The author’s views are entirely his or her own (excluding the unlikely event of hypnosis) and may not always reflect the views of Moz.
In a recent AudioEye survey of 500 business leaders and web professionals, 70% said that “cost” was their main concern when it came to digital accessibility. Many of the respondents also thought they would have to rebuild their website from the ground up in order to deliver an accessible browsing experience.
This perception of digital accessibility as a cost center without an easy remedy is one of the reasons that just 3% of the internet is accessible to people with disabilities, despite the 1.3 billion people globally who live with a disability.
In this post, I discuss three benefits of digital accessibility — and hopefully, make a case for why inclusion isn’t just the right thing to do, but a huge business opportunity.
Three reasons to prioritize digital accessibility
Many business leaders are aware of the risk of non-compliance with the Americans with Disabilities Act (ADA) and other accessibility legislation. Over the last few years, there has been a record number of digital accessibility lawsuits. More companies are receiving demand letters or being taken to court over alleged violations under the ADA. And when that happens, other business leaders pay attention.
What business leaders don’t always consider is the opportunity that digital accessibility represents, whether it’s reaching more potential customers, building a more inclusive organization, or improving the browsing experience for all users — not to mention search engines and voice assistants.
1. Digital accessibility is not an edge case
One of the biggest misconceptions about digital accessibility is that it’s some sort of edge case. In fact, people with disabilities are the largest minority in the United States.
In the United States, one in four adults lives with some type of disability. That number goes even higher when you include temporary disabilities, like broken limbs or short-term impairments following surgery or medical treatments.
According to the Global Economics of Disability 2020 report, people with disabilities control $1.9 trillion in disposable income, globally. That number reaches over $10 trillion when their friends and family are included.
By designing for accessibility, you can make your website and digital experiences work better for everyone.
2. Accessible design is good for everyone
At its core, digital accessibility is all about eliminating barriers that can prevent people from browsing your website.
By following the best practices of accessible design, you can help ensure that everyone can interact with your digital content — regardless of age, disability, or any other factor.
For example, the World Wide Web Consortium’s (W3C) Supplemental Guidance to WCAG 2 includes best practices for clear and understandable content, such as:
Avoiding double negatives, such as “Time is not unlimited.”
Using short sentences with one point per sentence.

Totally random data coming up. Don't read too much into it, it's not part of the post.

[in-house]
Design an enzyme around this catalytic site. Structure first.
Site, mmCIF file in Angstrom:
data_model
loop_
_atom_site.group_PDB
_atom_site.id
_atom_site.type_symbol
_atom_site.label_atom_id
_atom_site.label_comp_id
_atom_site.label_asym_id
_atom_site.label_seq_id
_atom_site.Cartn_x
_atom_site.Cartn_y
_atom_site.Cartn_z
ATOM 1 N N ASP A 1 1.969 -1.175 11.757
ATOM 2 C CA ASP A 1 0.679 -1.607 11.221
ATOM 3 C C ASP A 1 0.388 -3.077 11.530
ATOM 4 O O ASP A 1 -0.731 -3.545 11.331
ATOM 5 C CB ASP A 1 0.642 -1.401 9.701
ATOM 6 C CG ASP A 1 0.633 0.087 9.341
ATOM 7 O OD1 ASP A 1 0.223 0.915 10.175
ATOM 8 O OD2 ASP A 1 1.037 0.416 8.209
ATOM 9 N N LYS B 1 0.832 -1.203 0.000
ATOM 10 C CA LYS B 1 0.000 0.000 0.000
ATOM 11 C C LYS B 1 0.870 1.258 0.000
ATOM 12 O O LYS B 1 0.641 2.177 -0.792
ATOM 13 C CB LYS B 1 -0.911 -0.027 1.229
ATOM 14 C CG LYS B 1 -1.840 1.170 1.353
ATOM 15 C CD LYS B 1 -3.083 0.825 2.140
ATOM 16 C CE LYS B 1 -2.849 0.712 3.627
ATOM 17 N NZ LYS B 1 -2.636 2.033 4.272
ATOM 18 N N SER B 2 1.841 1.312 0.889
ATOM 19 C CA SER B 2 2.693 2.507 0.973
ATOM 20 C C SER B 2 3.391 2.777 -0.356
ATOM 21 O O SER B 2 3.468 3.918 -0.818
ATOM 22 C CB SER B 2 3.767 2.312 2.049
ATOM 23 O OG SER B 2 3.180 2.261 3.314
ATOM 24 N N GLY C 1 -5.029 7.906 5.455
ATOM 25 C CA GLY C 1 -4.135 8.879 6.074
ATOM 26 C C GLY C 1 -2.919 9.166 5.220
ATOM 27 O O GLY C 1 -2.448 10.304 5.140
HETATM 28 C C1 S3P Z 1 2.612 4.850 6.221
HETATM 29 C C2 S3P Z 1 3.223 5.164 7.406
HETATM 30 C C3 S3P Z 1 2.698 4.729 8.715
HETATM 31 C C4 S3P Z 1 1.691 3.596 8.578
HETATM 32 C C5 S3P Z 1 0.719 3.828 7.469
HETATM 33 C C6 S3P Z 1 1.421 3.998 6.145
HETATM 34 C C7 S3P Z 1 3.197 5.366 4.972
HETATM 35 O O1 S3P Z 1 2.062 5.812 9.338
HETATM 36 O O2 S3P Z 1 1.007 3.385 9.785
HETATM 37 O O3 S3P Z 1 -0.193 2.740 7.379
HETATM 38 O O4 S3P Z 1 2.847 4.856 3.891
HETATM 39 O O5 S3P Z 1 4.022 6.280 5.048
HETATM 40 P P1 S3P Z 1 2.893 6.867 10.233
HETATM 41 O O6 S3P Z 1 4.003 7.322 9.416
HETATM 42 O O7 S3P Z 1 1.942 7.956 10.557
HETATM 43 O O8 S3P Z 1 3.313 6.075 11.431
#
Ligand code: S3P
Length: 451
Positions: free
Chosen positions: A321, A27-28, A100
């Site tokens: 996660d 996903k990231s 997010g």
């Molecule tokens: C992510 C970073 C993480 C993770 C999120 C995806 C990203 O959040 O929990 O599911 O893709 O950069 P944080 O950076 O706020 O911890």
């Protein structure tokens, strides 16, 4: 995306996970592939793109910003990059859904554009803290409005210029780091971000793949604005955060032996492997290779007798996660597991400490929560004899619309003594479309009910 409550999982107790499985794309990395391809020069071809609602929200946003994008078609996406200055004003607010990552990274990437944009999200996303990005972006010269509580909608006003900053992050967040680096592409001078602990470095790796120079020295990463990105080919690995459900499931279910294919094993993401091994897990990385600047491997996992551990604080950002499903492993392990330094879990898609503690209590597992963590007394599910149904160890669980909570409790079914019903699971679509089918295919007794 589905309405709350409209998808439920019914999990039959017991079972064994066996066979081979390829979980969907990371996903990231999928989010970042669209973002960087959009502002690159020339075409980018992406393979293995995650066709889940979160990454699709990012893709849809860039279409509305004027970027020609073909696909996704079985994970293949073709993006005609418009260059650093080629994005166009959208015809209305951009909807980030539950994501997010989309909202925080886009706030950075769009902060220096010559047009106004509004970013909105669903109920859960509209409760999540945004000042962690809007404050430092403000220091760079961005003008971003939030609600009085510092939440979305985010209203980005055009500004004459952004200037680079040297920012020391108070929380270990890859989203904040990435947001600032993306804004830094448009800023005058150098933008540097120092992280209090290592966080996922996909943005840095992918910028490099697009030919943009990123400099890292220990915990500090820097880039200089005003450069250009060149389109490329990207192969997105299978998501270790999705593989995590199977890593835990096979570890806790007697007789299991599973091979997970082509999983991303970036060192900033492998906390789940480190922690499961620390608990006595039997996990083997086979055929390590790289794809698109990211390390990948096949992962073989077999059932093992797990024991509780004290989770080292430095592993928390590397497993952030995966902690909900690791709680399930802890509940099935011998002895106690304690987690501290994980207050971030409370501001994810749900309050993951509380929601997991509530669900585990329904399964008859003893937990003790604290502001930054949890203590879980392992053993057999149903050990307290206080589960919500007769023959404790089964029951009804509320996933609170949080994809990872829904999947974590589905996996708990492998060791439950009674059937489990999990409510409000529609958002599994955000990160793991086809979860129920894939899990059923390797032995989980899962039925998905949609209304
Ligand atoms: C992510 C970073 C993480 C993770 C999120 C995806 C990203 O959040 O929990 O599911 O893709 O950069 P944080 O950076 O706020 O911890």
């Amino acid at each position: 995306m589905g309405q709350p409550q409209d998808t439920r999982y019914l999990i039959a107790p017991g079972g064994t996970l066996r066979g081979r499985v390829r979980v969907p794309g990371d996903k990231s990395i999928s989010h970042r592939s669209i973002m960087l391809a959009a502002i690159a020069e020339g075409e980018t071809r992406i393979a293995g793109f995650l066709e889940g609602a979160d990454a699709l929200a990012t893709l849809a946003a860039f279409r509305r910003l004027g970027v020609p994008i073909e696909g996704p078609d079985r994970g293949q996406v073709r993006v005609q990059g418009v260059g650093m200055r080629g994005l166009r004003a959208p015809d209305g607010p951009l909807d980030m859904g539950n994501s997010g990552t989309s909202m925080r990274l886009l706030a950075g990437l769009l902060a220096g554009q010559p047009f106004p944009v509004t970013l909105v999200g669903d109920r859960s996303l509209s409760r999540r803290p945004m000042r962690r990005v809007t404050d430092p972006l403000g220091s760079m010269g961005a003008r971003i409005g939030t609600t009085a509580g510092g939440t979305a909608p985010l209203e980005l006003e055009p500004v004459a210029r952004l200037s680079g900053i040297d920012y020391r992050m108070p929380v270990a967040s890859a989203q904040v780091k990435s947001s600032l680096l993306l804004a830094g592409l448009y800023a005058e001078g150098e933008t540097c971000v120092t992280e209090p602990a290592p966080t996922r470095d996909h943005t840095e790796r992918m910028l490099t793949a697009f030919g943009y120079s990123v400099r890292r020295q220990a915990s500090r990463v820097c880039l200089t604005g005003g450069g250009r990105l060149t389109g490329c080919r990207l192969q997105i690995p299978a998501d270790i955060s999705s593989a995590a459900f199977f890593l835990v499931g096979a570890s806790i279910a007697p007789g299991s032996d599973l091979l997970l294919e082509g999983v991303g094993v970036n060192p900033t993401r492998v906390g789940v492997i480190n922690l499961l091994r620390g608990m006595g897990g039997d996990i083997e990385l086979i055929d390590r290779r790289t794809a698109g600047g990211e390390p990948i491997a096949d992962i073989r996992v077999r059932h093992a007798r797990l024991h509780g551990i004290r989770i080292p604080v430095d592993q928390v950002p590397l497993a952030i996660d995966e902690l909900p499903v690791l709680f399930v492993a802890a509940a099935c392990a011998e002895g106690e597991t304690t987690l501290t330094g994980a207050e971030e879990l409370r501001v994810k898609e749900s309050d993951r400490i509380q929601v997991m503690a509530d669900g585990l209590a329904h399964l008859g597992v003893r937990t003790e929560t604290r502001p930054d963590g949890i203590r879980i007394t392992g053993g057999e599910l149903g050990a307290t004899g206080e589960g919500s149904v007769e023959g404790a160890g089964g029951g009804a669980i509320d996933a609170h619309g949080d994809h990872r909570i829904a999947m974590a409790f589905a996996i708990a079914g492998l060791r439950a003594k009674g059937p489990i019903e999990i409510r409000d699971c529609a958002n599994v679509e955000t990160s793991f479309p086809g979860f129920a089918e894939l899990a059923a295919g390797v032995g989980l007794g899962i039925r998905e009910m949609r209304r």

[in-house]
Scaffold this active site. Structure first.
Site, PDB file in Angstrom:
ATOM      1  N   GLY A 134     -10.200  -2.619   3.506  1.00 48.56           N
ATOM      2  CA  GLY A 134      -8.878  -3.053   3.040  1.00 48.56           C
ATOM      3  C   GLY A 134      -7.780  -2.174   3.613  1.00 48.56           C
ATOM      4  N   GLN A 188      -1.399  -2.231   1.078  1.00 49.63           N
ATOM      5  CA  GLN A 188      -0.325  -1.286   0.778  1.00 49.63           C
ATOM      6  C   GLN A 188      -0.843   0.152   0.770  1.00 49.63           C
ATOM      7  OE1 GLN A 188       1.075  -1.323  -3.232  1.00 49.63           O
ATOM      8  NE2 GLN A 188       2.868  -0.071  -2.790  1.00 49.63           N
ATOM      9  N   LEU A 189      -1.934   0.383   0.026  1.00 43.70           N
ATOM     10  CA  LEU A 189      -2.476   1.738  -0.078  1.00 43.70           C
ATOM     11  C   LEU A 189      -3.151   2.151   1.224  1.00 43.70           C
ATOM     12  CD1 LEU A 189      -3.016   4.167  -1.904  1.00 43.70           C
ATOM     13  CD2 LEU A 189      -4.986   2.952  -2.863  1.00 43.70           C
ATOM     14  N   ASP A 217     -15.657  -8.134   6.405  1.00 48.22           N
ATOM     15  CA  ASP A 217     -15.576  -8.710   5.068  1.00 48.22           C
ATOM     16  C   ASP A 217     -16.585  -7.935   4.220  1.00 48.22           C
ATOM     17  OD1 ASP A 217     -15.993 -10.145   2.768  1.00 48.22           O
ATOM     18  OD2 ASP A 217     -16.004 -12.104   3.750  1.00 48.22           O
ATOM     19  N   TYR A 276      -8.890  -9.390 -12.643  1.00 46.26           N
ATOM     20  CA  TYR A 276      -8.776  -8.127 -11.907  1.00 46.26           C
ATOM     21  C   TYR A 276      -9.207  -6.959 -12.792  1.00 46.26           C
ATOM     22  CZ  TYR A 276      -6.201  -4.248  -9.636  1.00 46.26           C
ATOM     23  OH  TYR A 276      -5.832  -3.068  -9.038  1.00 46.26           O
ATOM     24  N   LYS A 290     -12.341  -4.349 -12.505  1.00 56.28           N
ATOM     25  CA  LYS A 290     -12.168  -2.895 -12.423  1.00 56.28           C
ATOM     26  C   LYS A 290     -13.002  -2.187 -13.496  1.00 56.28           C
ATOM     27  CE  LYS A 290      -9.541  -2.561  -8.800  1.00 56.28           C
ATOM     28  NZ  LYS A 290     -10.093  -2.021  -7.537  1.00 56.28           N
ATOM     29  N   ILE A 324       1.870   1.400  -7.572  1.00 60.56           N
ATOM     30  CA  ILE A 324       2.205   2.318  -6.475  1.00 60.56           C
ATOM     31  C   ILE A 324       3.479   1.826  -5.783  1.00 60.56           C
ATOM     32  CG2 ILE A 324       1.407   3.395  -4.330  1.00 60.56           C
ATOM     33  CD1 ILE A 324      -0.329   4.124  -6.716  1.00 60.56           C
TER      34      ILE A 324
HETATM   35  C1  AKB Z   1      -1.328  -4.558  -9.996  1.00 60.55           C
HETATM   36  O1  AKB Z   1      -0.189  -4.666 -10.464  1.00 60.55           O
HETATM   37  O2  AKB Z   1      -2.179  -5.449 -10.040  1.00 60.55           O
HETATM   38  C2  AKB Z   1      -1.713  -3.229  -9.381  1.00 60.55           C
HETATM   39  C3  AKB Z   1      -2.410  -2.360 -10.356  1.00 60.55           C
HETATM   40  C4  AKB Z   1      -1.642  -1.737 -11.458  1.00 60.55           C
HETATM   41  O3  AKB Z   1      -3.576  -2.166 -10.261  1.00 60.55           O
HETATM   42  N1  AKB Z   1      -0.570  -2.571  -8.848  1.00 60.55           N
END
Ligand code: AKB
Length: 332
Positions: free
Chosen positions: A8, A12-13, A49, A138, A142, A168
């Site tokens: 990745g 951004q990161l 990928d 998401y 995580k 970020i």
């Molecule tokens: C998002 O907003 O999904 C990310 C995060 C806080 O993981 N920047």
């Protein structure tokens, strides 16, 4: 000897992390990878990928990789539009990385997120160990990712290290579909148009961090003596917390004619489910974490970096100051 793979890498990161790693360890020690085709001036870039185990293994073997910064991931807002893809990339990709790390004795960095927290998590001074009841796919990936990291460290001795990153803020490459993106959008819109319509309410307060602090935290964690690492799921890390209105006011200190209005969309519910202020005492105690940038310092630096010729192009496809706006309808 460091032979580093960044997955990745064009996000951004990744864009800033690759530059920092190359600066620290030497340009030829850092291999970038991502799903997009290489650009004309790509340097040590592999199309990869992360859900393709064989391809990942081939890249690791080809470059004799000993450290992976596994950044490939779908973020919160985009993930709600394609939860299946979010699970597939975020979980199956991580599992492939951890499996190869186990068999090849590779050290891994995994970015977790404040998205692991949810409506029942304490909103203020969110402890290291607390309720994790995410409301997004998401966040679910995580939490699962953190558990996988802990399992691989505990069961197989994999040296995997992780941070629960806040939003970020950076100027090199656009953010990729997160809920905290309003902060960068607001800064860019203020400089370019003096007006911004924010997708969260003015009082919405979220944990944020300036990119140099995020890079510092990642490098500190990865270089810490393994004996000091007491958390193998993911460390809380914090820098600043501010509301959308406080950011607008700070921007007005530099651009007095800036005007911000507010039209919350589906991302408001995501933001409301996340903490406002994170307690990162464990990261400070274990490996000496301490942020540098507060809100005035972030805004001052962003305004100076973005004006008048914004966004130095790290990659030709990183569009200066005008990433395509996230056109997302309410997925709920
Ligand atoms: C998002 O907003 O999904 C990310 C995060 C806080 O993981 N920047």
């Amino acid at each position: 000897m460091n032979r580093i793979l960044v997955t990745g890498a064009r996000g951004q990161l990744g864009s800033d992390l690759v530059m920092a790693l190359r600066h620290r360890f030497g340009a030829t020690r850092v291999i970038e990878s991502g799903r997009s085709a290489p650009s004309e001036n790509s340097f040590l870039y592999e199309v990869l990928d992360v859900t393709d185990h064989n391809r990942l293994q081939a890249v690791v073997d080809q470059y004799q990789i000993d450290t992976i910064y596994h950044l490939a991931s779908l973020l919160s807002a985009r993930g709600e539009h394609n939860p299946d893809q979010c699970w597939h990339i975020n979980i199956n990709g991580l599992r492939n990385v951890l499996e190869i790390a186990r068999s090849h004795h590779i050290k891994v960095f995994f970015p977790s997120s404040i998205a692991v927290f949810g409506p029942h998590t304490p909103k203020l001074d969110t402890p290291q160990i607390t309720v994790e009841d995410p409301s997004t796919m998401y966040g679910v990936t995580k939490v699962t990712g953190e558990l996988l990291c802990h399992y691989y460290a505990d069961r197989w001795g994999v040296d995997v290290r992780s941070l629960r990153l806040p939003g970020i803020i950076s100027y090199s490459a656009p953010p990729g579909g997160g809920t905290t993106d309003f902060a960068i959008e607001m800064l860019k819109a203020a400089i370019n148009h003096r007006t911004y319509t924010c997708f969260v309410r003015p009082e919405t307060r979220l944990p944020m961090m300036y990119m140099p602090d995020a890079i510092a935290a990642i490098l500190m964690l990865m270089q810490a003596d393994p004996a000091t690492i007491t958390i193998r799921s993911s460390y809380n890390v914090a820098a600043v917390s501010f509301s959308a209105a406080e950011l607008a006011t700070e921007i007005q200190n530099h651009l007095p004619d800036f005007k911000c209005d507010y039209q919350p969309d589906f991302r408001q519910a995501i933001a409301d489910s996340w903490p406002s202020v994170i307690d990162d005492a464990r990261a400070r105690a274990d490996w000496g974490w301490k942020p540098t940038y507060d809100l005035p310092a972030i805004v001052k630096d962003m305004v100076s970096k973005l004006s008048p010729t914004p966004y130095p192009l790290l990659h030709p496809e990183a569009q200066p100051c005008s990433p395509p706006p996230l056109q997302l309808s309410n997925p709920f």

Putting the key takeaway or objective at the start of a paragraph.
When possible, using bulleted or numbered lists.
The goal of these recommendations is to remove confusion for people with dyslexia and other learning disabilities. But it could just as easily be a general writing best practice.
Every user can benefit from simple, direct language that removes friction and gives them a clear next step. It’s the foundation of any conversion-optimized website — and it just happens to overlap with the best practices of accessible design.
3. Digital accessibility supports discoverability
There’s also a clear overlap between accessibility and discoverability. For example, sites with clear, descriptive headings — the same kinds of headings that make navigation and comprehension easier for people with disabilities — are also easier for search engines like Google to crawl.
Because of this, there’s strong evidence that Google rewards accessibility when ranking websites. In fact, its Webmaster Guidelines — which outline the best practices that help Google to find, index, and rank your site — read like accessibility guidelines — and often correlate directly with WCAG.
Accessible websites are also beneficial to users who access websites with voice search. According to the Google Mobile Voice Study, 41% of US adults and 55% of teens use voice search daily. Businesses with websites that are optimized for voice search, have a better chance of being discovered and used by potential customers.
Making the business case for digital accessibility
The first goal of any digital accessibility initiative should be to deliver an inclusive experience to everyone who visits your website. Not only is it the right thing to do, but it can help you reach a market that’s traditionally been underserved.
However, it’s important to note the other benefit of building an accessible website: greater conformance with accessibility standards like the Web Content Accessibility Guidelines (WCAG), which are used to assess a site’s compliance with the ADA.
Based on recent guidance from the Department of Justice, it’s clear that businesses of all sizes are expected to meet accessibility standards like WCAG in order to comply with the ADA.
When you calculate the ROI of digital accessibility, you should factor in that the cost of defending a digital accessibility lawsuit — or even settling a demand letter — can often surpass the cost of making your website accessible.
By taking a more proactive approach to digital accessibility, you can comply with the law while also turning a requirement into an opportunity to grow your business and deliver an inclusive experience to every customer.
As you invest in digital accessibility, it’s worth measuring your progress over time. To get started, you can use a free accessibility checker to assess your website’s accessibility — and then see how it improves as you implement accessibility best practices.